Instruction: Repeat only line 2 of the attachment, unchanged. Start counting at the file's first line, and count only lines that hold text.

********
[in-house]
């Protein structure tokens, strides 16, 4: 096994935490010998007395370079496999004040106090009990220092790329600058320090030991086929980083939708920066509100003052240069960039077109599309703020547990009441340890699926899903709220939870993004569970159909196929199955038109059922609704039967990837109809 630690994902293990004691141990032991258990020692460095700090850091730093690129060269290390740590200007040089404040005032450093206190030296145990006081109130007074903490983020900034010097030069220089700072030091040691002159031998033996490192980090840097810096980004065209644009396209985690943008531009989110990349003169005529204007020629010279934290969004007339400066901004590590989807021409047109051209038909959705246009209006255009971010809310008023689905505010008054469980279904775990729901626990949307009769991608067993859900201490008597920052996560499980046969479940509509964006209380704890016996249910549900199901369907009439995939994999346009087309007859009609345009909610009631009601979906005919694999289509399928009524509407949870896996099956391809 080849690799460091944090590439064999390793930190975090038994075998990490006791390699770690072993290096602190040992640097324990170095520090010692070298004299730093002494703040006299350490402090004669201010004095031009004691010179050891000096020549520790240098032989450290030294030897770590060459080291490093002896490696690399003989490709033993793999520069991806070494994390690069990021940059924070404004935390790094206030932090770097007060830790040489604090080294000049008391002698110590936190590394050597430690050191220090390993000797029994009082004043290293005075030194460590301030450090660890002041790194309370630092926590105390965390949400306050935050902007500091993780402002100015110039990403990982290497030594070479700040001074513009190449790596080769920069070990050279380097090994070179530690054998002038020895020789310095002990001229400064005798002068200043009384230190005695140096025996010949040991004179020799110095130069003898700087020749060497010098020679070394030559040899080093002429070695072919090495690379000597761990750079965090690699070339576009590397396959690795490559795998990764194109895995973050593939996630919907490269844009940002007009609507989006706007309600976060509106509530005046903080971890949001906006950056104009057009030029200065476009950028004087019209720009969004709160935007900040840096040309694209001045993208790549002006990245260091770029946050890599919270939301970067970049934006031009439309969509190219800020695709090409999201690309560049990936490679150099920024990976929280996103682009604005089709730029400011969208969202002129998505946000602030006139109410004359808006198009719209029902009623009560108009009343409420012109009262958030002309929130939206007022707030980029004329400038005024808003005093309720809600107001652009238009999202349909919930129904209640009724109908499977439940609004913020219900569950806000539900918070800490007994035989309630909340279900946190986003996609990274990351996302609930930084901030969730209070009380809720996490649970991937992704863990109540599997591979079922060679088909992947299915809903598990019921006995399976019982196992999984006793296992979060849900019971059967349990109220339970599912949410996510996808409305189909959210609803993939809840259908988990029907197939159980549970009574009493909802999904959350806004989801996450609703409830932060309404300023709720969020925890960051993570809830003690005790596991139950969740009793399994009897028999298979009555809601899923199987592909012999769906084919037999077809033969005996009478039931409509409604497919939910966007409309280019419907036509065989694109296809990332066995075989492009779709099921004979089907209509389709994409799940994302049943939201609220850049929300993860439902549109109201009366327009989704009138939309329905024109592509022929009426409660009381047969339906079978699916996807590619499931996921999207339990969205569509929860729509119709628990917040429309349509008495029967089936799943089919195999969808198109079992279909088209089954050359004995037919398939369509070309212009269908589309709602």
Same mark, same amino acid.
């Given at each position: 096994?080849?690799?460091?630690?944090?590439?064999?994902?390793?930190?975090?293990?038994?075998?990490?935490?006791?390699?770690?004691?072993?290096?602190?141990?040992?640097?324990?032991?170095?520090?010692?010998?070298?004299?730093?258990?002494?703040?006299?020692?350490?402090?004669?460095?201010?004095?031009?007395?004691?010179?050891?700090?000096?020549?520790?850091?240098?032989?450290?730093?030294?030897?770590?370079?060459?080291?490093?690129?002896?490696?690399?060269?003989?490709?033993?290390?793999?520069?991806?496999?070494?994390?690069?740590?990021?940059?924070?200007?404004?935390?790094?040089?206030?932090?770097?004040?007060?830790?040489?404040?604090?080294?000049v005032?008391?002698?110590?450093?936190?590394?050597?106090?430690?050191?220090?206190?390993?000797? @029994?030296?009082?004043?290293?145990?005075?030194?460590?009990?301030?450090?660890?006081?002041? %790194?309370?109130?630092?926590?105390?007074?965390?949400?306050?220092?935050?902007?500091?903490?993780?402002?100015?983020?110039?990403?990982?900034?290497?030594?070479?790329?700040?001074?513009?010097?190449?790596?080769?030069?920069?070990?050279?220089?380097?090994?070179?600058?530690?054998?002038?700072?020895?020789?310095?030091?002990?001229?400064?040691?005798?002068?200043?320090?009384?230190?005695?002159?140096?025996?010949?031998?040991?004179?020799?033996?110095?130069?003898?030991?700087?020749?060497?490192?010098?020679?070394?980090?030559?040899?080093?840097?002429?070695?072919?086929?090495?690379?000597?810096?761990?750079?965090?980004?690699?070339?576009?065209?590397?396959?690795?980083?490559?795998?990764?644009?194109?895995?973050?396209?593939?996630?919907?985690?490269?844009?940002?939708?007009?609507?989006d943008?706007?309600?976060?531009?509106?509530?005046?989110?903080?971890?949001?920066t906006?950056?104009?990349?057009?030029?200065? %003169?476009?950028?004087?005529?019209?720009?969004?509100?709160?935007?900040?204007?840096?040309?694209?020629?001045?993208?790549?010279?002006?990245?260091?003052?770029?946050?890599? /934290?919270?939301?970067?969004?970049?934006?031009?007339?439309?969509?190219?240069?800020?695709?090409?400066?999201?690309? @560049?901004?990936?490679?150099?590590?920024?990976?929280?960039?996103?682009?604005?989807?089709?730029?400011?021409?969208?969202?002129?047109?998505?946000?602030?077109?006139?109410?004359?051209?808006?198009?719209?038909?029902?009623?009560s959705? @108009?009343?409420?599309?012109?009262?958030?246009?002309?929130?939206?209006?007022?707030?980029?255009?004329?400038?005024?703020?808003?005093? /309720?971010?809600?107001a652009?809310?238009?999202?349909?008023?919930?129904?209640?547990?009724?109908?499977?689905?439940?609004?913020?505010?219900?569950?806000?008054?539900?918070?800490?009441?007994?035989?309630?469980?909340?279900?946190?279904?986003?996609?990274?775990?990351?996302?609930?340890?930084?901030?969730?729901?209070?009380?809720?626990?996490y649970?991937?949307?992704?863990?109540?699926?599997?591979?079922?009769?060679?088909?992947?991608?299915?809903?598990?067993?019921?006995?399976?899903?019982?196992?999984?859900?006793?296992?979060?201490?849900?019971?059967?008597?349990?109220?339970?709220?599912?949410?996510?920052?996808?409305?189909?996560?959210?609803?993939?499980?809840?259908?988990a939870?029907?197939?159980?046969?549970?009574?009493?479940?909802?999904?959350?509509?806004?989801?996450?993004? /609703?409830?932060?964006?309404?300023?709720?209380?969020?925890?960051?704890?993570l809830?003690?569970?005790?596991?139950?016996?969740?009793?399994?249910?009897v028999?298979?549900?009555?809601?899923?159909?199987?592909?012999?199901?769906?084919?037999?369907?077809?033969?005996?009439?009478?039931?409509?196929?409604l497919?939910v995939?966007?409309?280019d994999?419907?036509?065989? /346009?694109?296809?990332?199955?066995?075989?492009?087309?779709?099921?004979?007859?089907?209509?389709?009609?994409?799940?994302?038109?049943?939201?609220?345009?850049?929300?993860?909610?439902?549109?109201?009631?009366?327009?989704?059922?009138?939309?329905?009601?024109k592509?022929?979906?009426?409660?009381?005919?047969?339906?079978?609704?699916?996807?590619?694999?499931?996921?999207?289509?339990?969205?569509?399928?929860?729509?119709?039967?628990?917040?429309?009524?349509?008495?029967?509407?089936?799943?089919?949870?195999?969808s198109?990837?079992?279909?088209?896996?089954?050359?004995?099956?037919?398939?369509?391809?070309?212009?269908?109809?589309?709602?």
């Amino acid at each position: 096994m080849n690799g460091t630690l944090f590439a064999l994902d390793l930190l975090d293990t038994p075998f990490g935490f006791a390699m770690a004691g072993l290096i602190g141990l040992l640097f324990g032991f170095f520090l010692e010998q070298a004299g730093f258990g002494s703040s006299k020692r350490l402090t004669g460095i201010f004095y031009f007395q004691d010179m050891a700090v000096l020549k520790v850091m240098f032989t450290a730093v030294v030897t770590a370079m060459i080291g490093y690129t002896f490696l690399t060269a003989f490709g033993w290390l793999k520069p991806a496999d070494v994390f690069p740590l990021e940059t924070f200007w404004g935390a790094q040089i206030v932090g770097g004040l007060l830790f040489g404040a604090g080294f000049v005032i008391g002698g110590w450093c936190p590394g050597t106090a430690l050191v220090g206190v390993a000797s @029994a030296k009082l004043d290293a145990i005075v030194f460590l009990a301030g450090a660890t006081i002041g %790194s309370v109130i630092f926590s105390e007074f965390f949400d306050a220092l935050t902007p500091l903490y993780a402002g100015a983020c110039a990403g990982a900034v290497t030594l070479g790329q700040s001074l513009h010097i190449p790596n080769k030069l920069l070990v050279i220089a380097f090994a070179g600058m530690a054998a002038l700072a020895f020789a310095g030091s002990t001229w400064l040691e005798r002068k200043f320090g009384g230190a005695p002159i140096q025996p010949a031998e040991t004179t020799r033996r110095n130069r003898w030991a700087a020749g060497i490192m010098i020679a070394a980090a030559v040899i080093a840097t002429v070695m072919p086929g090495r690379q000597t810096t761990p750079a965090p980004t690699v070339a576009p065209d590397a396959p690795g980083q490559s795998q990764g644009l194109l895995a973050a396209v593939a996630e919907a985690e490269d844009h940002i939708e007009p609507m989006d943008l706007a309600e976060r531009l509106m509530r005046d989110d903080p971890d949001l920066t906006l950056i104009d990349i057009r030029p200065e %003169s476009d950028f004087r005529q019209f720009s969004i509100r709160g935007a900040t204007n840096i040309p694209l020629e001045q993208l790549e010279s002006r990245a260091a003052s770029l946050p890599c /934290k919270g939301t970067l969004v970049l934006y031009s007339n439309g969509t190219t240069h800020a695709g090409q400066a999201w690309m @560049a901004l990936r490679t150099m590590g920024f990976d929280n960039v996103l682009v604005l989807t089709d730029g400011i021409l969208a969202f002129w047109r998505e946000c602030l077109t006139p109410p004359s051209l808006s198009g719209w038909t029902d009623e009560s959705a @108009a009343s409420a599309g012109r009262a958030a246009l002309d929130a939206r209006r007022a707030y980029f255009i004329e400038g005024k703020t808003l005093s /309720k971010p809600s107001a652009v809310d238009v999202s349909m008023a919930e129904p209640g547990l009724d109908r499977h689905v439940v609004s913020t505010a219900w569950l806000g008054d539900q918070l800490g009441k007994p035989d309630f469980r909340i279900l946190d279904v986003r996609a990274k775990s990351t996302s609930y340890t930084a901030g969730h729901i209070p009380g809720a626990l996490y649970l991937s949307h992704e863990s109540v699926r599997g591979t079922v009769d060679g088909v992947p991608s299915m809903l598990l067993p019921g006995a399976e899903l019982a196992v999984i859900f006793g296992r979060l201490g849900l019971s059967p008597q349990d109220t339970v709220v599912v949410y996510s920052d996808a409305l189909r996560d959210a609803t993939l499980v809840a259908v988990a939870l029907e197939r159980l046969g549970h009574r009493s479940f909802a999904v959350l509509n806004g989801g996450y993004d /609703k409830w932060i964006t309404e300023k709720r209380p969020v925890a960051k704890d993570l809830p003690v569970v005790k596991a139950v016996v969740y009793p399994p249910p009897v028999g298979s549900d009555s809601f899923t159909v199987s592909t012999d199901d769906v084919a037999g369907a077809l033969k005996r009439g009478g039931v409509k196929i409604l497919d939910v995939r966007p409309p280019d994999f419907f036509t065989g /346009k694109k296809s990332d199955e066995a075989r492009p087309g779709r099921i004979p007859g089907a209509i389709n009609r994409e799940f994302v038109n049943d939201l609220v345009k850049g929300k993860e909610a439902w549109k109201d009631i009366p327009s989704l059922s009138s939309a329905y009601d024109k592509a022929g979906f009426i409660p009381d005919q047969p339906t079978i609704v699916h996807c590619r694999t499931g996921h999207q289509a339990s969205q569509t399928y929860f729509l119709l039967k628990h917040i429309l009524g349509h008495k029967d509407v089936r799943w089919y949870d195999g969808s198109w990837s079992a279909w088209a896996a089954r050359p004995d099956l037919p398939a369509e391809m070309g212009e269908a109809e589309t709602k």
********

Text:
């Protein structure tokens, strides 16, 4: 096994935490010998007395370079496999004040106090009990220092790329600058320090030991086929980083939708920066509100003052240069960039077109599309703020547990009441340890699926899903709220939870993004569970159909196929199955038109059922609704039967990837109809 630690994902293990004691141990032991258990020692460095700090850091730093690129060269290390740590200007040089404040005032450093206190030296145990006081109130007074903490983020900034010097030069220089700072030091040691002159031998033996490192980090840097810096980004065209644009396209985690943008531009989110990349003169005529204007020629010279934290969004007339400066901004590590989807021409047109051209038909959705246009209006255009971010809310008023689905505010008054469980279904775990729901626990949307009769991608067993859900201490008597920052996560499980046969479940509509964006209380704890016996249910549900199901369907009439995939994999346009087309007859009609345009909610009631009601979906005919694999289509399928009524509407949870896996099956391809 080849690799460091944090590439064999390793930190975090038994075998990490006791390699770690072993290096602190040992640097324990170095520090010692070298004299730093002494703040006299350490402090004669201010004095031009004691010179050891000096020549520790240098032989450290030294030897770590060459080291490093002896490696690399003989490709033993793999520069991806070494994390690069990021940059924070404004935390790094206030932090770097007060830790040489604090080294000049008391002698110590936190590394050597430690050191220090390993000797029994009082004043290293005075030194460590301030450090660890002041790194309370630092926590105390965390949400306050935050902007500091993780402002100015110039990403990982290497030594070479700040001074513009190449790596080769920069070990050279380097090994070179530690054998002038020895020789310095002990001229400064005798002068200043009384230190005695140096025996010949040991004179020799110095130069003898700087020749060497010098020679070394030559040899080093002429070695072919090495690379000597761990750079965090690699070339576009590397396959690795490559795998990764194109895995973050593939996630919907490269844009940002007009609507989006706007309600976060509106509530005046903080971890949001906006950056104009057009030029200065476009950028004087019209720009969004709160935007900040840096040309694209001045993208790549002006990245260091770029946050890599919270939301970067970049934006031009439309969509190219800020695709090409999201690309560049990936490679150099920024990976929280996103682009604005089709730029400011969208969202002129998505946000602030006139109410004359808006198009719209029902009623009560108009009343409420012109009262958030002309929130939206007022707030980029004329400038005024808003005093309720809600107001652009238009999202349909919930129904209640009724109908499977439940609004913020219900569950806000539900918070800490007994035989309630909340279900946190986003996609990274990351996302609930930084901030969730209070009380809720996490649970991937992704863990109540599997591979079922060679088909992947299915809903598990019921006995399976019982196992999984006793296992979060849900019971059967349990109220339970599912949410996510996808409305189909959210609803993939809840259908988990029907197939159980549970009574009493909802999904959350806004989801996450609703409830932060309404300023709720969020925890960051993570809830003690005790596991139950969740009793399994009897028999298979009555809601899923199987592909012999769906084919037999077809033969005996009478039931409509409604497919939910966007409309280019419907036509065989694109296809990332066995075989492009779709099921004979089907209509389709994409799940994302049943939201609220850049929300993860439902549109109201009366327009989704009138939309329905024109592509022929009426409660009381047969339906079978699916996807590619499931996921999207339990969205569509929860729509119709628990917040429309349509008495029967089936799943089919195999969808198109079992279909088209089954050359004995037919398939369509070309212009269908589309709602």